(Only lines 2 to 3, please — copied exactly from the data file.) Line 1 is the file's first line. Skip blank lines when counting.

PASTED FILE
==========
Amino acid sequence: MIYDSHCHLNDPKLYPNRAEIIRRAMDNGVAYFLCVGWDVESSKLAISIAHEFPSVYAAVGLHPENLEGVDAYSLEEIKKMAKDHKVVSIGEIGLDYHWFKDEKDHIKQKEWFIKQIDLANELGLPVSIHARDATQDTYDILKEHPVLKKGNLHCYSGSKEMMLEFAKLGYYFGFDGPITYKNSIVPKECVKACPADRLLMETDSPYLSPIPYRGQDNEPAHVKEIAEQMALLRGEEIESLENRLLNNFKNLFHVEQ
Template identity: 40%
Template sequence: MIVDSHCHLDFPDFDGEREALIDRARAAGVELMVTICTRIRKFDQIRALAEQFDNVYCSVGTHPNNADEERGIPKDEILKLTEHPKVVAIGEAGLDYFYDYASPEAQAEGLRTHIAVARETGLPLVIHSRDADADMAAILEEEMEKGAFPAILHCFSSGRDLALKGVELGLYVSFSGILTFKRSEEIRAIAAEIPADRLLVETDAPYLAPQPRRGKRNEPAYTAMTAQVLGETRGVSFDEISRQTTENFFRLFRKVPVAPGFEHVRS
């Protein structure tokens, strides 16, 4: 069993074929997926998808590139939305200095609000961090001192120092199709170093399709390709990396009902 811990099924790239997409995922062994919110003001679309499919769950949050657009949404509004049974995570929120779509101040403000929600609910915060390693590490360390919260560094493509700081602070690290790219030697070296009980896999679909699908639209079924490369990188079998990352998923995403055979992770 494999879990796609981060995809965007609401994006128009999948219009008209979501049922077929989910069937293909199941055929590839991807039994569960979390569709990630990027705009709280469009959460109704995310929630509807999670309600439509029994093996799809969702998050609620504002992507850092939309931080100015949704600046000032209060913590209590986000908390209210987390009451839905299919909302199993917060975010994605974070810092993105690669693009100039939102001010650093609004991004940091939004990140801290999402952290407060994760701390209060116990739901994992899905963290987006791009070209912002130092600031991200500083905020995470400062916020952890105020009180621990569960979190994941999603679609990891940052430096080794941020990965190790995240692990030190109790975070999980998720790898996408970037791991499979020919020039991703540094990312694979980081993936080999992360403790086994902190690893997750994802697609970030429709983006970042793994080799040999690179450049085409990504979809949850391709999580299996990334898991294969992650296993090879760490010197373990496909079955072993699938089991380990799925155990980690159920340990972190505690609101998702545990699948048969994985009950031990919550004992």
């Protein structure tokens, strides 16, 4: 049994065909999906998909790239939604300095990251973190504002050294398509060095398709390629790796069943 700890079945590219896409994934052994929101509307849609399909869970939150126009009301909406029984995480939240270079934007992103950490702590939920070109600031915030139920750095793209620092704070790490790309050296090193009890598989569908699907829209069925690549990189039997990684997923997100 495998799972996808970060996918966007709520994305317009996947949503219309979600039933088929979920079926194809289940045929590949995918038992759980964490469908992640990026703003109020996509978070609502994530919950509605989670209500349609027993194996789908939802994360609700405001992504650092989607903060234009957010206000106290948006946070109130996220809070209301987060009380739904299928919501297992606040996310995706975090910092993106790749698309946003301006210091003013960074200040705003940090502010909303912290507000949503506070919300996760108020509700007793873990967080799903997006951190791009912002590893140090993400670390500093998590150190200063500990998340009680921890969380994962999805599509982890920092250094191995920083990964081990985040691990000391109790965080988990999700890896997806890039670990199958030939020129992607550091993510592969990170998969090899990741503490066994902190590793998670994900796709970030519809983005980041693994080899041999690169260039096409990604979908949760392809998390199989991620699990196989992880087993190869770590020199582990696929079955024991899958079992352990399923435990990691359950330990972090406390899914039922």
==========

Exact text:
Template identity: 40%
Template sequence: MIVDSHCHLDFPDFDGEREALIDRARAAGVELMVTICTRIRKFDQIRALAEQFDNVYCSVGTHPNNADEERGIPKDEILKLTEHPKVVAIGEAGLDYFYDYASPEAQAEGLRTHIAVARETGLPLVIHSRDADADMAAILEEEMEKGAFPAILHCFSSGRDLALKGVELGLYVSFSGILTFKRSEEIRAIAAEIPADRLLVETDAPYLAPQPRRGKRNEPAYTAMTAQVLGETRGVSFDEISRQTTENFFRLFRKVPVAPGFEHVRS